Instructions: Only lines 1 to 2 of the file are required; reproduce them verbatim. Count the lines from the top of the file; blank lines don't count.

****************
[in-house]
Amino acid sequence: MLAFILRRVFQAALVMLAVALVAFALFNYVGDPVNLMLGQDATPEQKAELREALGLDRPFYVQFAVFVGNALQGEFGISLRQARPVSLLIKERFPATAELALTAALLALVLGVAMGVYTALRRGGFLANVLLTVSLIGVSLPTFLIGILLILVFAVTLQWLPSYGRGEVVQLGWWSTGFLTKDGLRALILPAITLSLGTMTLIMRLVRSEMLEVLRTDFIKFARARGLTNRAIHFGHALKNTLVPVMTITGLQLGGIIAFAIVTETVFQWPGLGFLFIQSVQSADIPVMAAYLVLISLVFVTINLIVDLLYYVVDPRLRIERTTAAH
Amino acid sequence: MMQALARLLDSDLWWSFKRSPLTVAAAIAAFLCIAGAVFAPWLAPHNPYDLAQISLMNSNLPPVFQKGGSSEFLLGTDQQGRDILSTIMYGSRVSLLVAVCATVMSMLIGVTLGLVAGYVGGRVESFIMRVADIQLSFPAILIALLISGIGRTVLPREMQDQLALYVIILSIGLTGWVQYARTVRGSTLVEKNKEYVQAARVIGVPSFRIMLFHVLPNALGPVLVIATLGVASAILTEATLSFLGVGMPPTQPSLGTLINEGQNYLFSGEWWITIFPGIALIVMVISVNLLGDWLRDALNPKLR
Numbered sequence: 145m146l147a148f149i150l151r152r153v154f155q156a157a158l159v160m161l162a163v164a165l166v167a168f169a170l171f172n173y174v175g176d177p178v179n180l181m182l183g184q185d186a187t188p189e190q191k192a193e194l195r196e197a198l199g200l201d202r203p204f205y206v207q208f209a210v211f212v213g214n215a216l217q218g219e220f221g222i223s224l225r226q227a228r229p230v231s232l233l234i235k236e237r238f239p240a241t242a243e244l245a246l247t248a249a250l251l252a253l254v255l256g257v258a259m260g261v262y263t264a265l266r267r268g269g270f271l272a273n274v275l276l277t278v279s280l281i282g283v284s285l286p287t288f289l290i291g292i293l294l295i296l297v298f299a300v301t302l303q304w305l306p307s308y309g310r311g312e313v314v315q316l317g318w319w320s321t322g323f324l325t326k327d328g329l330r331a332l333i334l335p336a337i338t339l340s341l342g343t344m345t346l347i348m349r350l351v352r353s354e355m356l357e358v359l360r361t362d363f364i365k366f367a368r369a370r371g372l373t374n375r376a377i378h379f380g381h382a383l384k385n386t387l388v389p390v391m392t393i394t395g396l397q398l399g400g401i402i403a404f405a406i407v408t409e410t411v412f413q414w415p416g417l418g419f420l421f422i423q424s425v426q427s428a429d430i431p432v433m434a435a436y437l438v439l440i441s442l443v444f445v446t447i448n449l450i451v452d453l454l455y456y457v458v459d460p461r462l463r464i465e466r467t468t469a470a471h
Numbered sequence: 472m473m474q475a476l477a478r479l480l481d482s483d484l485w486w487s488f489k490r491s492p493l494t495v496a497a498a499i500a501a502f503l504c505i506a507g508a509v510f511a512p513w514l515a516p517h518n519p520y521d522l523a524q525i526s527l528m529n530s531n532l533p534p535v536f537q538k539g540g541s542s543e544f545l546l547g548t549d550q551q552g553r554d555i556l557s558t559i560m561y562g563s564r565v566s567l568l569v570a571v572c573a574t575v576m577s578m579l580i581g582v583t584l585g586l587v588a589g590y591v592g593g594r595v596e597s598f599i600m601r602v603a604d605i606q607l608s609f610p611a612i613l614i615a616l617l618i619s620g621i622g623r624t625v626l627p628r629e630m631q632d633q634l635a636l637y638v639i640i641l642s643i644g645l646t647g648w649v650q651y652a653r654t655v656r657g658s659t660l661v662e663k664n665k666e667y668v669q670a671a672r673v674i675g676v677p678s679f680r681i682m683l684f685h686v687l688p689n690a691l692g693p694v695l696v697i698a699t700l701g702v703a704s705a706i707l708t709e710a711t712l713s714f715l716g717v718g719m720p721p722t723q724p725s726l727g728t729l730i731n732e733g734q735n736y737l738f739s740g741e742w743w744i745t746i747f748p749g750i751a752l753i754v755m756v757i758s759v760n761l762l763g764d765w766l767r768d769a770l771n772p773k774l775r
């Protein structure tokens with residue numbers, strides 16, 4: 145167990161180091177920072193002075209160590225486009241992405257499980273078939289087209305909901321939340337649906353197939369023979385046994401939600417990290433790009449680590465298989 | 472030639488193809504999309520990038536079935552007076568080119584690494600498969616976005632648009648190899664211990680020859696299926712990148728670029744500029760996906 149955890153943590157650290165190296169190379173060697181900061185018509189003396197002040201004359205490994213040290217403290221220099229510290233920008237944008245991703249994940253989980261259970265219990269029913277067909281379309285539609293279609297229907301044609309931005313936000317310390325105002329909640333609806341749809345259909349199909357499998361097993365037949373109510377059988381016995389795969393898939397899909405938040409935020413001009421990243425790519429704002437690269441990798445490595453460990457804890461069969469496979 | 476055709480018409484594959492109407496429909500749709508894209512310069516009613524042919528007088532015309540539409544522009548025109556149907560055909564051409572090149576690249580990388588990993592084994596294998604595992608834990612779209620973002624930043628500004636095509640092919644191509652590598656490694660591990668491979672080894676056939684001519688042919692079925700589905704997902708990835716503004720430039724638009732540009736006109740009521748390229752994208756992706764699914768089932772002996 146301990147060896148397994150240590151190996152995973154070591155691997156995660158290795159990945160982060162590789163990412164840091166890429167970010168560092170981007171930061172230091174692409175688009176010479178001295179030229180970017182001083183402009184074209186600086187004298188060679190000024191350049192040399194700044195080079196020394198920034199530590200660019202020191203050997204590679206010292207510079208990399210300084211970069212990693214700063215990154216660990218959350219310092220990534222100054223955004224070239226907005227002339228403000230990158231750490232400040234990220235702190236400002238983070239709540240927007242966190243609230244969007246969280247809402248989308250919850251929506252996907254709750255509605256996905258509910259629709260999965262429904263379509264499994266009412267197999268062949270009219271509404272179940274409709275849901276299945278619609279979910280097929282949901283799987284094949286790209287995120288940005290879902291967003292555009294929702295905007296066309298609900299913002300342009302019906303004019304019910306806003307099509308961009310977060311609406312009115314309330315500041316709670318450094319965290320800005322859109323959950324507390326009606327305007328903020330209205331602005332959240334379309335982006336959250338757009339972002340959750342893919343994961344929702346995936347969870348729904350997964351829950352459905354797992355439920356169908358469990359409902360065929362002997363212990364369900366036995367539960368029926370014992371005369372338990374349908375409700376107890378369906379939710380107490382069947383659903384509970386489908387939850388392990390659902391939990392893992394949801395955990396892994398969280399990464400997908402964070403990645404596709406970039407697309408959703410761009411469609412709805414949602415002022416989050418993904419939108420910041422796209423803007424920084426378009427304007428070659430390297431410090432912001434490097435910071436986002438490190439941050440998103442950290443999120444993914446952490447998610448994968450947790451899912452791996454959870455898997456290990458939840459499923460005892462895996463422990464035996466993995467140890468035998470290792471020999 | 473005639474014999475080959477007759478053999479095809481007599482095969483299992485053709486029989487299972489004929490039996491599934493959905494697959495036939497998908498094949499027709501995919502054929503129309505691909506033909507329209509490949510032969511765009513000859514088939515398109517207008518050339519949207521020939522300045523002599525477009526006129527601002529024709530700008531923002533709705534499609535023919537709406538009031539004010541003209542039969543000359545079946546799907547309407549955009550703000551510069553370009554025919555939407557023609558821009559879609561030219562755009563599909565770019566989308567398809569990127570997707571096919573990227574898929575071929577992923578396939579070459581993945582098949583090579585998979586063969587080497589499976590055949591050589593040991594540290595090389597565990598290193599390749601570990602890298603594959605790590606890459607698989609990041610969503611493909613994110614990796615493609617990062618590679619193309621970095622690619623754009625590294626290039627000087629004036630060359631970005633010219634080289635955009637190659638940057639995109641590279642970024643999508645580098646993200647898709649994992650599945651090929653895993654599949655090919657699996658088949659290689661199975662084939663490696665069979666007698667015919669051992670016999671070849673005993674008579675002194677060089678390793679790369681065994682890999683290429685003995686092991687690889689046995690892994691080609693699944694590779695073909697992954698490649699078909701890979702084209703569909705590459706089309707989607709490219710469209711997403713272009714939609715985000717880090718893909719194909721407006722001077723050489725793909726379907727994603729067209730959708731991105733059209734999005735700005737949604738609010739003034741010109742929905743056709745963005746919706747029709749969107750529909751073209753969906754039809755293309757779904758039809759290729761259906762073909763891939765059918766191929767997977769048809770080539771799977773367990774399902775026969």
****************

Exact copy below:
[in-house]
Amino acid sequence: MLAFILRRVFQAALVMLAVALVAFALFNYVGDPVNLMLGQDATPEQKAELREALGLDRPFYVQFAVFVGNALQGEFGISLRQARPVSLLIKERFPATAELALTAALLALVLGVAMGVYTALRRGGFLANVLLTVSLIGVSLPTFLIGILLILVFAVTLQWLPSYGRGEVVQLGWWSTGFLTKDGLRALILPAITLSLGTMTLIMRLVRSEMLEVLRTDFIKFARARGLTNRAIHFGHALKNTLVPVMTITGLQLGGIIAFAIVTETVFQWPGLGFLFIQSVQSADIPVMAAYLVLISLVFVTINLIVDLLYYVVDPRLRIERTTAAH